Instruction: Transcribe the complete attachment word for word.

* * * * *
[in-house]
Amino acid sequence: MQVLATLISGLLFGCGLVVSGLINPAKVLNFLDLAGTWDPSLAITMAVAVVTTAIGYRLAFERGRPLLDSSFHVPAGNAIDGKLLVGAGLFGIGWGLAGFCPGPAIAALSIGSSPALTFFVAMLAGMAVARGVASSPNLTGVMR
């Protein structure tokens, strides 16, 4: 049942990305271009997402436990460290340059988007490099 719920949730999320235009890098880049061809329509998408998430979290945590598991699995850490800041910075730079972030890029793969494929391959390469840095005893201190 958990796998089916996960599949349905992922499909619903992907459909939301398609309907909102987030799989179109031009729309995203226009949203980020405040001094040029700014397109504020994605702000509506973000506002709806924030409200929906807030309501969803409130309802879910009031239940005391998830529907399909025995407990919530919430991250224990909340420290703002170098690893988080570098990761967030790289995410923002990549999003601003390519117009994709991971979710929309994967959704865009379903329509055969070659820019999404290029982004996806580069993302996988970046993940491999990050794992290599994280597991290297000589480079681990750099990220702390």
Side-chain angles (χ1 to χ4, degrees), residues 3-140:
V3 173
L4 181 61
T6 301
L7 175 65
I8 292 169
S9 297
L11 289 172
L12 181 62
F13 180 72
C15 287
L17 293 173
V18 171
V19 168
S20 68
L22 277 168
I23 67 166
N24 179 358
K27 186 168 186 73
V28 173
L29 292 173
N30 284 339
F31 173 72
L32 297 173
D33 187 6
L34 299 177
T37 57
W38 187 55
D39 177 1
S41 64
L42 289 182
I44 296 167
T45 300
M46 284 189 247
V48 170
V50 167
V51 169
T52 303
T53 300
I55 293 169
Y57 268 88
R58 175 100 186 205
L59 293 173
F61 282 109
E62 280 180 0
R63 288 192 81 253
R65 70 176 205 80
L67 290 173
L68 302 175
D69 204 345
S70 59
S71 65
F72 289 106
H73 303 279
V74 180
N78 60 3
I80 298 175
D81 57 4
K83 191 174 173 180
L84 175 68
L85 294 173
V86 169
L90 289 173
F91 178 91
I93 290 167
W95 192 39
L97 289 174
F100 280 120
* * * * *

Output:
[in-house]
Amino acid sequence: MQVLATLISGLLFGCGLVVSGLINPAKVLNFLDLAGTWDPSLAITMAVAVVTTAIGYRLAFERGRPLLDSSFHVPAGNAIDGKLLVGAGLFGIGWGLAGFCPGPAIAALSIGSSPALTFFVAMLAGMAVARGVASSPNLTGVMR
């Protein structure tokens, strides 16, 4: 049942990305271009997402436990460290340059988007490099 719920949730999320235009890098880049061809329509998408998430979290945590598991699995850490800041910075730079972030890029793969494929391959390469840095005893201190 958990796998089916996960599949349905992922499909619903992907459909939301398609309907909102987030799989179109031009729309995203226009949203980020405040001094040029700014397109504020994605702000509506973000506002709806924030409200929906807030309501969803409130309802879910009031239940005391998830529907399909025995407990919530919430991250224990909340420290703002170098690893988080570098990761967030790289995410923002990549999003601003390519117009994709991971979710929309994967959704865009379903329509055969070659820019999404290029982004996806580069993302996988970046993940491999990050794992290599994280597991290297000589480079681990750099990220702390």
Side-chain angles (χ1 to χ4, degrees), residues 3-140:
V3 173
L4 181 61
T6 301
L7 175 65
I8 292 169
S9 297
L11 289 172
L12 181 62
F13 180 72
C15 287
L17 293 173
V18 171
V19 168
S20 68
L22 277 168
I23 67 166
N24 179 358
K27 186 168 186 73
V28 173
L29 292 173
N30 284 339
F31 173 72
L32 297 173
D33 187 6
L34 299 177
T37 57
W38 187 55
D39 177 1
S41 64
L42 289 182
I44 296 167
T45 300
M46 284 189 247
V48 170
V50 167
V51 169
T52 303
T53 300
I55 293 169
Y57 268 88
R58 175 100 186 205
L59 293 173
F61 282 109
E62 280 180 0
R63 288 192 81 253
R65 70 176 205 80
L67 290 173
L68 302 175
D69 204 345
S70 59
S71 65
F72 289 106
H73 303 279
V74 180
N78 60 3
I80 298 175
D81 57 4
K83 191 174 173 180
L84 175 68
L85 294 173
V86 169
L90 289 173
F91 178 91
I93 290 167
W95 192 39
L97 289 174
F100 280 120